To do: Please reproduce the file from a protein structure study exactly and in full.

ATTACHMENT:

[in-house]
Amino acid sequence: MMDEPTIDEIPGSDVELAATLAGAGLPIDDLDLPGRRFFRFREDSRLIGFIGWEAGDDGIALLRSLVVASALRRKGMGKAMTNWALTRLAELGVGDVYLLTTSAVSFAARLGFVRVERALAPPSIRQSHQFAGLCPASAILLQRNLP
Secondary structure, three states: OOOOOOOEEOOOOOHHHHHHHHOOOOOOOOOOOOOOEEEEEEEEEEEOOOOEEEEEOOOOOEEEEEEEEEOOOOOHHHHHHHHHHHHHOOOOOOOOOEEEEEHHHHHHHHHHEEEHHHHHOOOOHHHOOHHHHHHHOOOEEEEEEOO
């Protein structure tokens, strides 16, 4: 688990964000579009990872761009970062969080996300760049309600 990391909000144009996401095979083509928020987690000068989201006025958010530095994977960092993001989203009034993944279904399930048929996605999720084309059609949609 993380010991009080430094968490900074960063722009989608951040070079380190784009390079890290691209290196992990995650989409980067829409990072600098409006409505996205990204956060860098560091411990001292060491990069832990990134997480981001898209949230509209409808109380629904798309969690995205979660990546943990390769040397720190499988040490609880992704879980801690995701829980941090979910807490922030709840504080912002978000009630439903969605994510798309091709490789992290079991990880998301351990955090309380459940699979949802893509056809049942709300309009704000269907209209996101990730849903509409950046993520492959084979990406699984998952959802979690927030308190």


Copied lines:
[in-house]
Amino acid sequence: MMDEPTIDEIPGSDVELAATLAGAGLPIDDLDLPGRRFFRFREDSRLIGFIGWEAGDDGIALLRSLVVASALRRKGMGKAMTNWALTRLAELGVGDVYLLTTSAVSFAARLGFVRVERALAPPSIRQSHQFAGLCPASAILLQRNLP
Secondary structure, three states: OOOOOOOEEOOOOOHHHHHHHHOOOOOOOOOOOOOOEEEEEEEEEEEOOOOEEEEEOOOOOEEEEEEEEEOOOOOHHHHHHHHHHHHHOOOOOOOOOEEEEEHHHHHHHHHHEEEHHHHHOOOOHHHOOHHHHHHHOOOEEEEEEOO
């Protein structure tokens, strides 16, 4: 688990964000579009990872761009970062969080996300760049309600 990391909000144009996401095979083509928020987690000068989201006025958010530095994977960092993001989203009034993944279904399930048929996605999720084309059609949609 993380010991009080430094968490900074960063722009989608951040070079380190784009390079890290691209290196992990995650989409980067829409990072600098409006409505996205990204956060860098560091411990001292060491990069832990990134997480981001898209949230509209409808109380629904798309969690995205979660990546943990390769040397720190499988040490609880992704879980801690995701829980941090979910807490922030709840504080912002978000009630439903969605994510798309091709490789992290079991990880998301351990955090309380459940699979949802893509056809049942709300309009704000269907209209996101990730849903509409950046993520492959084979990406699984998952959802979690927030308190």